Real Instituto Elcano
La pandemia no frena a las ciudades
José Pablo Martínez

The appealing of cities is going on after the pandemic

According to an article by @rielcano, contrary to what could be expected as a natural step forward during the pandemic, especially during lockdowns, migratory flows to rural areas have not improved and estimates suggest that the urban population will continue to grow in the future.

Main takeaways from the article:

  • Migratory flows to the rural world in Spain did not improve with the pandemic: During the pandemic, especially during lockdowns, some expected that the proper functioning of teleworking and the enhancement of spacious homes in natural surroundings could favour a return to the countryside that reversed the trend of recent decades. However, the reality is that the data on migratory flows to the rural world (municipalities with fewer than 10,000 inhabitants) were lower in 2020 (502,583 people) than in 2019 (505,738). However, the exodus from the rural areas to the cities stopped.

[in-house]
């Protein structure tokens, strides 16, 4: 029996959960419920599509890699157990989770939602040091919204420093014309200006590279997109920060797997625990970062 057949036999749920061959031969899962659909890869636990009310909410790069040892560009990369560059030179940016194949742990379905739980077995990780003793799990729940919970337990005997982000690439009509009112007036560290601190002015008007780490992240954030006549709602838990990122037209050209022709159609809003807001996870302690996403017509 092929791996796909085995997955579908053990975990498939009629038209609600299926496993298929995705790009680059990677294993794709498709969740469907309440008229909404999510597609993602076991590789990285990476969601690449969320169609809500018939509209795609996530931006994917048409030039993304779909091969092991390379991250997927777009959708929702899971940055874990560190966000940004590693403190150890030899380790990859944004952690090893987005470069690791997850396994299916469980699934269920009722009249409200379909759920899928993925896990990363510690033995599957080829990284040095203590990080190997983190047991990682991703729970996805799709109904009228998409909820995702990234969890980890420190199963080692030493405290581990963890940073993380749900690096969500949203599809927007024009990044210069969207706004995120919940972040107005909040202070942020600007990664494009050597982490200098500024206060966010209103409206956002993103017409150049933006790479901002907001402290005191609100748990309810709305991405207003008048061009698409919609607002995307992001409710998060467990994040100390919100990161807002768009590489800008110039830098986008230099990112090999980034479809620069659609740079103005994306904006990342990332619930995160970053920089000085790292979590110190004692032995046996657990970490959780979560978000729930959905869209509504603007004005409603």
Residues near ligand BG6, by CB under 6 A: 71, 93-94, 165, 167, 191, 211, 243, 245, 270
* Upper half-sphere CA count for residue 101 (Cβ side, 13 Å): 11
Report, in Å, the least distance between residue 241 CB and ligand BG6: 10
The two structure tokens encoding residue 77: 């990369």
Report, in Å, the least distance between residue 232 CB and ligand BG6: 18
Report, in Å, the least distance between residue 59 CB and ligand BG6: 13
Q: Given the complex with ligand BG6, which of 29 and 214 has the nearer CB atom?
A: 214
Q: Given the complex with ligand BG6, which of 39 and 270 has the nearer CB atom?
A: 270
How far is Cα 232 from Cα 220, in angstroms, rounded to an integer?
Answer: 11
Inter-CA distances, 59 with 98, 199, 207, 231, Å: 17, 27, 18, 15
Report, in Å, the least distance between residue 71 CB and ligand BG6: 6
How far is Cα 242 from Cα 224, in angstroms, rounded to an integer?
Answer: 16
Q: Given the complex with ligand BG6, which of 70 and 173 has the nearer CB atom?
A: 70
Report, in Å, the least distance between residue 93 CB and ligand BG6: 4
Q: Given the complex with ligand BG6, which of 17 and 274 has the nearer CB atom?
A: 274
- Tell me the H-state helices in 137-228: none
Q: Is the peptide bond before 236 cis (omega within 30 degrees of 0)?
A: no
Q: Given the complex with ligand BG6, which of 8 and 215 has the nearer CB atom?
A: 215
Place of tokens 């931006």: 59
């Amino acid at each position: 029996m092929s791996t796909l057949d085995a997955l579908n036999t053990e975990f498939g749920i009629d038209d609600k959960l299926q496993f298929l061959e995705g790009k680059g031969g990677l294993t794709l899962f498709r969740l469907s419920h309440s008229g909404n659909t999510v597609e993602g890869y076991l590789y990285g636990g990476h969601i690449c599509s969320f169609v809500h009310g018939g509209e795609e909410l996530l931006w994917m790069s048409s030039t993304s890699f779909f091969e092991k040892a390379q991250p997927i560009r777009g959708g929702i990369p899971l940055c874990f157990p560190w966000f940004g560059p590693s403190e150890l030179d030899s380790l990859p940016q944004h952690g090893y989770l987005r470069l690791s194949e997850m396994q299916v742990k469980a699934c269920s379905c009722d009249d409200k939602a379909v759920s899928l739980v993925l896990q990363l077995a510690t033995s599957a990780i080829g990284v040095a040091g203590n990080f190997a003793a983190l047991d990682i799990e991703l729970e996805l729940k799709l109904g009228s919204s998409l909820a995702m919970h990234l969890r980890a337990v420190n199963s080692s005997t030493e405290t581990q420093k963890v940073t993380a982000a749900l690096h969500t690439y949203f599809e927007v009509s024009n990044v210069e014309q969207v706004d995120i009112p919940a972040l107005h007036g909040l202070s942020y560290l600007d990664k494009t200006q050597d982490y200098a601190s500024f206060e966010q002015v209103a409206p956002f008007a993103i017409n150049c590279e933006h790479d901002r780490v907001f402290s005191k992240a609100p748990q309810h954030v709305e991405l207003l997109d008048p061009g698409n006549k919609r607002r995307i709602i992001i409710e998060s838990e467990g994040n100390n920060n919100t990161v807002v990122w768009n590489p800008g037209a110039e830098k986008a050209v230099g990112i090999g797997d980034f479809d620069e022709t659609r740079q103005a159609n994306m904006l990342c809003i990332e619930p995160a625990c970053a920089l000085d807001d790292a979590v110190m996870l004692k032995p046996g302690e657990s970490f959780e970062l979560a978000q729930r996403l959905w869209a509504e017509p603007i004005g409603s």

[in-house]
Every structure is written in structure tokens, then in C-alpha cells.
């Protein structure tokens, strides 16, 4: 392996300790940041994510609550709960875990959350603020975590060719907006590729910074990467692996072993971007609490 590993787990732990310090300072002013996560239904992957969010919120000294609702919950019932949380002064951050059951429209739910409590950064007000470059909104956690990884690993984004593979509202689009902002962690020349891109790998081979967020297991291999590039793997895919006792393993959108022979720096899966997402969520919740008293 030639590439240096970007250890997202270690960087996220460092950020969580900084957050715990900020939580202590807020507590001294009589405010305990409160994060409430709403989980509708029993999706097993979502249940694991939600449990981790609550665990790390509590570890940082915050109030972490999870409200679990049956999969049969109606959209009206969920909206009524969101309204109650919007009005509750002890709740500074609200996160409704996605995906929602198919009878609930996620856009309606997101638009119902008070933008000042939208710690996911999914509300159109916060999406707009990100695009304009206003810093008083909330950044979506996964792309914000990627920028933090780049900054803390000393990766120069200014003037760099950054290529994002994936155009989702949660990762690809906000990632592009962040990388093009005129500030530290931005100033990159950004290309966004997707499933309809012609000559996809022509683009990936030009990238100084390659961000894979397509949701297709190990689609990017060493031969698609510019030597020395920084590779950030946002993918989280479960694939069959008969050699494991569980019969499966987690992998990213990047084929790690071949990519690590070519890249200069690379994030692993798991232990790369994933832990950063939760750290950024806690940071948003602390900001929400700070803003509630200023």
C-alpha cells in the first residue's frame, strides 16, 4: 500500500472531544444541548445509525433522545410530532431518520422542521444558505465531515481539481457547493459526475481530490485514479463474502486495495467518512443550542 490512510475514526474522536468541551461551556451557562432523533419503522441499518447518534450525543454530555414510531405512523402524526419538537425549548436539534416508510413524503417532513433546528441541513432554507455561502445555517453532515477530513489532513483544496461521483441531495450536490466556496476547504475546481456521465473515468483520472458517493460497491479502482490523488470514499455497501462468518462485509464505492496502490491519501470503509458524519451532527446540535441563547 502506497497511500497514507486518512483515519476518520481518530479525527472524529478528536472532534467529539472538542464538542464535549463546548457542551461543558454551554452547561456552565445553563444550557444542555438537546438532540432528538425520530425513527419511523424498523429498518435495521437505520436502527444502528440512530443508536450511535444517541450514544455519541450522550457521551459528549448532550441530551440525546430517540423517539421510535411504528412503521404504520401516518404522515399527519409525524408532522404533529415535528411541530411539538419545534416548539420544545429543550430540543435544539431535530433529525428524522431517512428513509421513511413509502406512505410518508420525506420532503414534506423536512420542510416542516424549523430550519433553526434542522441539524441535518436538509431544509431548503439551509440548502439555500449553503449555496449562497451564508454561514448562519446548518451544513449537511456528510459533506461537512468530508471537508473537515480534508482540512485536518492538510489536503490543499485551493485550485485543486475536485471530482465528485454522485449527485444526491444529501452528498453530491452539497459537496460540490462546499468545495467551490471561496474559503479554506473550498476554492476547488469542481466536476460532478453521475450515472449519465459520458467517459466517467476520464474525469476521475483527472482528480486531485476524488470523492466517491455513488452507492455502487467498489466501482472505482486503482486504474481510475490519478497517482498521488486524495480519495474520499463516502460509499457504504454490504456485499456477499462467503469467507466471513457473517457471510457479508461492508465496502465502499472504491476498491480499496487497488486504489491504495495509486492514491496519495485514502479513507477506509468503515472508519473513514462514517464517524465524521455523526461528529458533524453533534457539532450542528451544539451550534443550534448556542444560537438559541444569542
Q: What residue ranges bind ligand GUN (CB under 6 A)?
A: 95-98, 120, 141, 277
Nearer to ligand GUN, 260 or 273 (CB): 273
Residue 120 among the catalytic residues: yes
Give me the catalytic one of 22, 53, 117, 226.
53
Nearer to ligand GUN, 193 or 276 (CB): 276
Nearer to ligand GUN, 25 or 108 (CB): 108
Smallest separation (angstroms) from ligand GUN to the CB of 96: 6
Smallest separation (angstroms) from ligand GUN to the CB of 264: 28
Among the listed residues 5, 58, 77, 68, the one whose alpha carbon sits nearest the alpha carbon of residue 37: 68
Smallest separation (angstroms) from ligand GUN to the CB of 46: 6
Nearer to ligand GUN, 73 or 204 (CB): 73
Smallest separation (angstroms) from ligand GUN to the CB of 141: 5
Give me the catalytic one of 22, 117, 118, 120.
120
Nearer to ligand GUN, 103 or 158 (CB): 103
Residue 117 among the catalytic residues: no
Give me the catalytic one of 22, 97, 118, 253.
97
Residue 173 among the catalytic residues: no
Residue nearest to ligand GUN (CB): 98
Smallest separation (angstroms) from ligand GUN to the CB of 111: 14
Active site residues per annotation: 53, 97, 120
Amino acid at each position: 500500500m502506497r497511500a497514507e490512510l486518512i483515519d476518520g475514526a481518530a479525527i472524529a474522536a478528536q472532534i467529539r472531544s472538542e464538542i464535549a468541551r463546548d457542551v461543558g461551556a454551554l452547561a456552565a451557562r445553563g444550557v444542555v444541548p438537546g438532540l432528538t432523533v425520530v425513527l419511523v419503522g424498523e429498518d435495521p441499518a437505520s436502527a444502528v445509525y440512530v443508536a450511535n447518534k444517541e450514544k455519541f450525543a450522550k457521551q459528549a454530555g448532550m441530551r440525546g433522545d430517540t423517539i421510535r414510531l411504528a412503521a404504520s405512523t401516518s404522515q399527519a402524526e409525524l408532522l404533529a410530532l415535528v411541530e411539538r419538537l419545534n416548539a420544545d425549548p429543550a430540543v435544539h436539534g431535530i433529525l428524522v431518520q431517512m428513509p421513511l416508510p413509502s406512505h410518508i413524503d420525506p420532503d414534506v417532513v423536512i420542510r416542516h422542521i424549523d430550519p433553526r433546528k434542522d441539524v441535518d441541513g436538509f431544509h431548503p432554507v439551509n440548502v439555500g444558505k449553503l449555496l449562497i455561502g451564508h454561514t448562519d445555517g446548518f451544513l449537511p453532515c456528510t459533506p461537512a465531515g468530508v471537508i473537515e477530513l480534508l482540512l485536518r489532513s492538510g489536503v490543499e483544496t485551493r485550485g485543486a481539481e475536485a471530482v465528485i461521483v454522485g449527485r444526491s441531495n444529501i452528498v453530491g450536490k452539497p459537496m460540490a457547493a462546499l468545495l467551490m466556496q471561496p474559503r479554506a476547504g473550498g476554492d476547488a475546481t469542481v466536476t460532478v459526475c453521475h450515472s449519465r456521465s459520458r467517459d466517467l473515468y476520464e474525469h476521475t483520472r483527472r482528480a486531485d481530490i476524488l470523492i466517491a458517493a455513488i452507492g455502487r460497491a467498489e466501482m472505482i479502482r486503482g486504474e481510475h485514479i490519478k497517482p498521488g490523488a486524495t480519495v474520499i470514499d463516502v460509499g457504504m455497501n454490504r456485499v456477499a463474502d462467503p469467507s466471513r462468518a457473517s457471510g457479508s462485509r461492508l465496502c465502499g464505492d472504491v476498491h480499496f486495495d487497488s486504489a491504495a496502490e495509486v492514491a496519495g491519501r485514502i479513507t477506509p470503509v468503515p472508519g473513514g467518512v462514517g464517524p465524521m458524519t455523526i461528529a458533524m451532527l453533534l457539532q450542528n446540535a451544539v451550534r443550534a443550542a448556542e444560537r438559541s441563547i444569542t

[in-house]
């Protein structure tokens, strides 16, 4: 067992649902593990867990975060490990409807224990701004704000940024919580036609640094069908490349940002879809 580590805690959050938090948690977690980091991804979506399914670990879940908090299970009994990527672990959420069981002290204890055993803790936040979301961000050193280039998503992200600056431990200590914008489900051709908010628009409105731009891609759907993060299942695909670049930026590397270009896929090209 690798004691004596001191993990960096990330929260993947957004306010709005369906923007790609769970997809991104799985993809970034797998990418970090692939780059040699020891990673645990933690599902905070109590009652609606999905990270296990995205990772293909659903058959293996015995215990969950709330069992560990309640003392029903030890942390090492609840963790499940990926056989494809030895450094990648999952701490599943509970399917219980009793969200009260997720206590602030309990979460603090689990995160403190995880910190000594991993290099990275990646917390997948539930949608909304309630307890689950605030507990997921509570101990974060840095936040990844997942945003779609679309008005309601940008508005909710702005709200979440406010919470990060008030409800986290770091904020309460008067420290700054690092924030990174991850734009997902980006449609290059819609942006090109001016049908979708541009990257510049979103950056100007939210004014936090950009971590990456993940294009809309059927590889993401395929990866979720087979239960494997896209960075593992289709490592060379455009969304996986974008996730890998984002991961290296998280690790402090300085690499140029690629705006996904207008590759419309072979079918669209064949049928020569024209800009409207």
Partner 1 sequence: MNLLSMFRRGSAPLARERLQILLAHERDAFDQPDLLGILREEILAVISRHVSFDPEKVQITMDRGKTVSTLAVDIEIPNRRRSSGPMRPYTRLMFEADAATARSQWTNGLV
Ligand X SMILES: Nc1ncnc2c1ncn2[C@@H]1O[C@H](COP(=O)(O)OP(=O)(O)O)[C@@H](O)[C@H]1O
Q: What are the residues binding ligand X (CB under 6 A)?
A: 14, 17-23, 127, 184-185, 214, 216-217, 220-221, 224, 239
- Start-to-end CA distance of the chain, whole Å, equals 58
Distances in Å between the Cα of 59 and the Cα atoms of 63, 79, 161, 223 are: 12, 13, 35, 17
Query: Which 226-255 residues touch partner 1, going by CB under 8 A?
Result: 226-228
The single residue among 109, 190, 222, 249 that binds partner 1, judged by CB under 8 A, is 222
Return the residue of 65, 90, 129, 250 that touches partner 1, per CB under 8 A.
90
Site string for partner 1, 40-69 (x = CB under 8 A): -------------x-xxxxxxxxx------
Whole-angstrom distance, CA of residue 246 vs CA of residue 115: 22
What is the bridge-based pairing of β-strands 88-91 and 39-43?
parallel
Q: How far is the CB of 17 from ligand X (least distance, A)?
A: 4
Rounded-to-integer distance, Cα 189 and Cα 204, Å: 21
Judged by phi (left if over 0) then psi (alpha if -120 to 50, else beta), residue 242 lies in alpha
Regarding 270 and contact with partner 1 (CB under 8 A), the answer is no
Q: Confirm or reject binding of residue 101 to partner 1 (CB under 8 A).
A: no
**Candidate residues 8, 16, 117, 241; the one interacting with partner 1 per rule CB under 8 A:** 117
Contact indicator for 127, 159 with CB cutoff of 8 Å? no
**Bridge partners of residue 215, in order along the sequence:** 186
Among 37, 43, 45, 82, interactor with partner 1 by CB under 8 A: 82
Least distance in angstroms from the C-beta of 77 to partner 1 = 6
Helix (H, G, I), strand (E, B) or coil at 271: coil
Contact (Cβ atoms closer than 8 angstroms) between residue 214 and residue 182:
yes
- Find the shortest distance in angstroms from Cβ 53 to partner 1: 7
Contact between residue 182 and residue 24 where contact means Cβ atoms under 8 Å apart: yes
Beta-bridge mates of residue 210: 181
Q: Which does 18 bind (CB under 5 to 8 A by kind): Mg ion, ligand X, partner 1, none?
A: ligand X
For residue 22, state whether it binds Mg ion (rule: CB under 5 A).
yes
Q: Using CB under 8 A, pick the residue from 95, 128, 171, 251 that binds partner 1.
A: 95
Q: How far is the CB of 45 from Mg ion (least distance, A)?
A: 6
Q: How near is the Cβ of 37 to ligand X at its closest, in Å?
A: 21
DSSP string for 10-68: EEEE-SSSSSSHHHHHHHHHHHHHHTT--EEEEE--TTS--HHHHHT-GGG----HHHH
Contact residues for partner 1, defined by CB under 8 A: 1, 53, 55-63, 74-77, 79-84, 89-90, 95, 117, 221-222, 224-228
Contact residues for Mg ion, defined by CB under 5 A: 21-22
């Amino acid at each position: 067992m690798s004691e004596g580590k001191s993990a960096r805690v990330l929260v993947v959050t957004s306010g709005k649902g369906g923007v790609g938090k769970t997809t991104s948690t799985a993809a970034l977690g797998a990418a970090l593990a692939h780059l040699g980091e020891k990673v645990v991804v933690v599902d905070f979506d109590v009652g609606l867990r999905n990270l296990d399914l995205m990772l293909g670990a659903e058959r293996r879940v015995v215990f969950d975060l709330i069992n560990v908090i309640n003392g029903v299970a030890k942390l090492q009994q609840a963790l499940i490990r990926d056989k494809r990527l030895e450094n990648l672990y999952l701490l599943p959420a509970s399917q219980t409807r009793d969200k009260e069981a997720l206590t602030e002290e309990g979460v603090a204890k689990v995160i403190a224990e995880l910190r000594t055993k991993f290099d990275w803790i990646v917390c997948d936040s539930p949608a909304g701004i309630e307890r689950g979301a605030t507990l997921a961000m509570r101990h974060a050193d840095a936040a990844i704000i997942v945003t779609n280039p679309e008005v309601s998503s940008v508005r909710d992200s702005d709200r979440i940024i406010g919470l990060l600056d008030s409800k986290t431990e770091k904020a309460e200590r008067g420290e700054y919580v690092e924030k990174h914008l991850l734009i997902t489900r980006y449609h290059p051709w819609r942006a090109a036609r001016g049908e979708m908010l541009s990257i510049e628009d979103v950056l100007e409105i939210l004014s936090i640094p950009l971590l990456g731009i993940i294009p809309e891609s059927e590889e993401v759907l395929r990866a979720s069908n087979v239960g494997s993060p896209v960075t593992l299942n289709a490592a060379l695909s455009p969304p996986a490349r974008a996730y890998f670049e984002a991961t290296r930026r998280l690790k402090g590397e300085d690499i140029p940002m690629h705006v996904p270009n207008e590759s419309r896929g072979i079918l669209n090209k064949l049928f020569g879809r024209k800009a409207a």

• The appealing of cities is going on mainly thanks to two intrinsically urban strengths: economies of scale and social interaction.

‑ Since 2007, more than half of the planet's population is living in cities. Although with wide differences by continent: while in America more than 80% of people live in cities, in Africa they barely reach 40%.
Pre-pandemic estimates suggested that by 2050, more than two-thirds of the world's population will live in cities.

‑ Increasingly large cities: while in 1990, 34% of the urban population lived in cities with more than one million inhabitants, in 2020 that percentage had already risen to 43%, and by 2035 it is estimated to reach 47%. In relation to the "megacities" (>10 million population) they would have tripled since 1990 (up to 30) being more than half in the Asian continent. By the year 2100 the demographic explosion in Africa would translate into an intense proliferation of “megacities”, with Lagos and Kinshasa even surpassing 80 million inhabitants. 

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